Friday, February 08, 2013

on shifting realities and acoustics

Lately, I've been contemplating the transience of life.

Transience is something I've had to deal with for some time.  I grew up as a military kid.  While my dad made a point of trying to stay in the same place for as long as he could--meaning we only moved only every five years or so.  Most other people were gone after two years.  As a result, every school year meant finding new friends...even getting a new best friend each year.  Strangely enough, I had two different best friends named Greg two years in a row.

When I was working at Little Caesars, we were happy if someone lasted six weeks.  We would hire six people, hoping that one of them would still be there in two months.  We used to joke that we would only start to try to remember their names after two weeks...only we weren't really joking. I still remember an awful lot of people with whom I worked.  Many more, however, are utterly lost to me...they never made it past my short term memory.

My life in college is also marked by constant change.  Friends move onward every year.  Students go away every four months. Even people who stay in the area regress as their lives change.  One can go from having great friends one year to having no social life at all the next.  I this has pretty much happened to me.

Music has been a constant in my life, but even that has change.  Bands break up.  Musicians move away.  People quit, drop out, just plain stop being there. Conflicts arise, turning friends into acquaintances, acquaintances into strangers.

Sometimes, though, you just need something that no one can take away.  You need something where you don't have to prove anything to anyone.  You need somewhere where you don't need anyone's opinion.  In short, you need something of your very own.

This is, I have realized, what I need.  I have a great band (album coming in one week), but I still need a musical outlet which is 100% my own.  So, for a part of my musical existence, I am going it alone.  It means stepping out of the shadows, abandoning my support structure, leaving behind even my dear effects pedals and distortion, relying only on my acoustic guitar and my voce...but it is what I need.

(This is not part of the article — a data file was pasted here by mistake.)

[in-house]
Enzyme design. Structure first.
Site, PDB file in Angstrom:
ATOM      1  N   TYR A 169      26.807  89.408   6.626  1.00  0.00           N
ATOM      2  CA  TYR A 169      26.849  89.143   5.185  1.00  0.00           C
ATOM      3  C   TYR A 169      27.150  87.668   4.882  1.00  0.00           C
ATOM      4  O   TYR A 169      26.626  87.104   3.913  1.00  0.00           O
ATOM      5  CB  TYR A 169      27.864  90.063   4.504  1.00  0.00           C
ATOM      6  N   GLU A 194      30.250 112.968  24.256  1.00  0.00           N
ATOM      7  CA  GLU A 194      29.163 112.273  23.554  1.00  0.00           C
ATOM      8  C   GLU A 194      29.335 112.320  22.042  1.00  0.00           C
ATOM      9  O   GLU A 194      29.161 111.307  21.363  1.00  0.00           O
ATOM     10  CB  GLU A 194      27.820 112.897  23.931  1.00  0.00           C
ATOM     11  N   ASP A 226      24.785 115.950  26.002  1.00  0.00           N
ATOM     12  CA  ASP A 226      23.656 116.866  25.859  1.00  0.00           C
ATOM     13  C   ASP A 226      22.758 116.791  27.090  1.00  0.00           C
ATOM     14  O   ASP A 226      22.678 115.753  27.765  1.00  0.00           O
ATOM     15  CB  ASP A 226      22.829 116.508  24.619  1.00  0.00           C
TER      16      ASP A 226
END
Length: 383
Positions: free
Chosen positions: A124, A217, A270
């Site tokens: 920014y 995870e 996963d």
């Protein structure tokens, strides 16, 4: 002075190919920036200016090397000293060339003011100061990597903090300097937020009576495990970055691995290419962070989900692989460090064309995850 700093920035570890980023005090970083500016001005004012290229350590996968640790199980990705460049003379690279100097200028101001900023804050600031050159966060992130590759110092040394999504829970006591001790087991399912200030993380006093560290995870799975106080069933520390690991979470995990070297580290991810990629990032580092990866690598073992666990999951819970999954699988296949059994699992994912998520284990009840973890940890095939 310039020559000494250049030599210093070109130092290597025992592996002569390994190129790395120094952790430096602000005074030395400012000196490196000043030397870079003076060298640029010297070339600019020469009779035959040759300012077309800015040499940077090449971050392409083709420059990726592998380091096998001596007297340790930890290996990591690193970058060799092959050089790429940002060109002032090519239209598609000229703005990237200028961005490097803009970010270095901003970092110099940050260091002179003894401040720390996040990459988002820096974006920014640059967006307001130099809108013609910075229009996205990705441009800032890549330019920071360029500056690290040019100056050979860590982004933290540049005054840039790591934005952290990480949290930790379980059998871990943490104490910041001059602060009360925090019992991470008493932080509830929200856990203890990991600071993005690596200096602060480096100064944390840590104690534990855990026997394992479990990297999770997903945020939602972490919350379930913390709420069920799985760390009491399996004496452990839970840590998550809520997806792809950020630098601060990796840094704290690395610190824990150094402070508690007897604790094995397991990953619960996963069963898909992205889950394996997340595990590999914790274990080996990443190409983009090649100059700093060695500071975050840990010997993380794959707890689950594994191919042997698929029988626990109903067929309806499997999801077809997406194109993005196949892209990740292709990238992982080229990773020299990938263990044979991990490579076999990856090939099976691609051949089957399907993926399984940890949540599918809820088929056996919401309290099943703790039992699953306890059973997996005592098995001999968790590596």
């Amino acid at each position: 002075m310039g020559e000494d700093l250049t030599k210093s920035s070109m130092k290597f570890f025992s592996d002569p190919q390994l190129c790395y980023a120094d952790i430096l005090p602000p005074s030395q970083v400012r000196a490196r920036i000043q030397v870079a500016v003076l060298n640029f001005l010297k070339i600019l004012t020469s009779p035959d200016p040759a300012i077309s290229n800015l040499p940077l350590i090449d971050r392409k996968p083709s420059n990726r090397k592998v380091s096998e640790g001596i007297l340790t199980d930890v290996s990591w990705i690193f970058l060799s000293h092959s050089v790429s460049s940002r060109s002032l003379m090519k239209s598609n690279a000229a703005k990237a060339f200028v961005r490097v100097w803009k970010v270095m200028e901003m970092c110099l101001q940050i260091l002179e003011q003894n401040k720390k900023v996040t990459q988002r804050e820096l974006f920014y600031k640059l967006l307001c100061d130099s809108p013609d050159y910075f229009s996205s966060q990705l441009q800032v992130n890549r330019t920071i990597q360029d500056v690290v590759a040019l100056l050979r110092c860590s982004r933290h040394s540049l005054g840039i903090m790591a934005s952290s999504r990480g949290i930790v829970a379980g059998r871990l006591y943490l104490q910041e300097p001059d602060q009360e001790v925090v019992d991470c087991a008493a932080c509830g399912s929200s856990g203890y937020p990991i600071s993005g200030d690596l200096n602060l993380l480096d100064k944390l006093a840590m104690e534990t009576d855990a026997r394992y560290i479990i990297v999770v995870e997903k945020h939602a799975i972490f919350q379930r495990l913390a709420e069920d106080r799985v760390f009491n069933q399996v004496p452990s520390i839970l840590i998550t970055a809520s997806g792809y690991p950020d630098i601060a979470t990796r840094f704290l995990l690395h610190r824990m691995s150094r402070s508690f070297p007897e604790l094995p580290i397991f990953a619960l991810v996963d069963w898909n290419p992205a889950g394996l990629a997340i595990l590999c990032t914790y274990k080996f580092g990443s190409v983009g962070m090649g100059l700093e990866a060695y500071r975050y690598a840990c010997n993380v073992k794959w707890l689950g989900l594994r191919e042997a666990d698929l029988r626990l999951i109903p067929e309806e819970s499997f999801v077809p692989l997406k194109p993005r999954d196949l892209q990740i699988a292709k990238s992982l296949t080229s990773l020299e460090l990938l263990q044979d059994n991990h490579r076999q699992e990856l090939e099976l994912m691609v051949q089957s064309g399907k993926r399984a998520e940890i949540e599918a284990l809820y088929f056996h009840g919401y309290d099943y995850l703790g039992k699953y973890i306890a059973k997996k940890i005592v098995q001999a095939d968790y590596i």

I've already done two open mic nights.  For my first performance, I got a cold two days beforehand.  I had a brand new guitar cable freak out on me, causing my guitar to cut in and out.  I broke a capo.  My kazoo flew out of my holder.  A friend told me he never heard anyone have so many technical difficulties during a solo acoustic set.  But I got through it and even got some complements. The second time, none of my friends came, and the only people I knew in the bar were the bartenders. My set, however, went much smoother. I got good applause after each song  Two people danced during one song.  And the song that got the biggest reaction?  One of my originals.

It's an amazing feeling to know I can be self-sufficient.  Doing the occasional brief set, though, is only a step.  So I am moving forward.  I am now booked for a full evening at our local Irish-esque pub.  I will play for three hours.  I have been prepping an amazing array of cover songs and am polishing up some originals. I am getting banter ready.  The flyer is made.  The invite has been sent.

There is, of course, some risk.  My voice could give out.  My originals could bomb.  Frat boys could come in and laugh at me.  I'm not going to say this does not scare me.  But the reward will be something I really need.  I will know 100% that I'm good enough to do this by myself. And I will know 100% that I have something that no one can take away from me, that will last as long as I want it to last.

I've had enough change.

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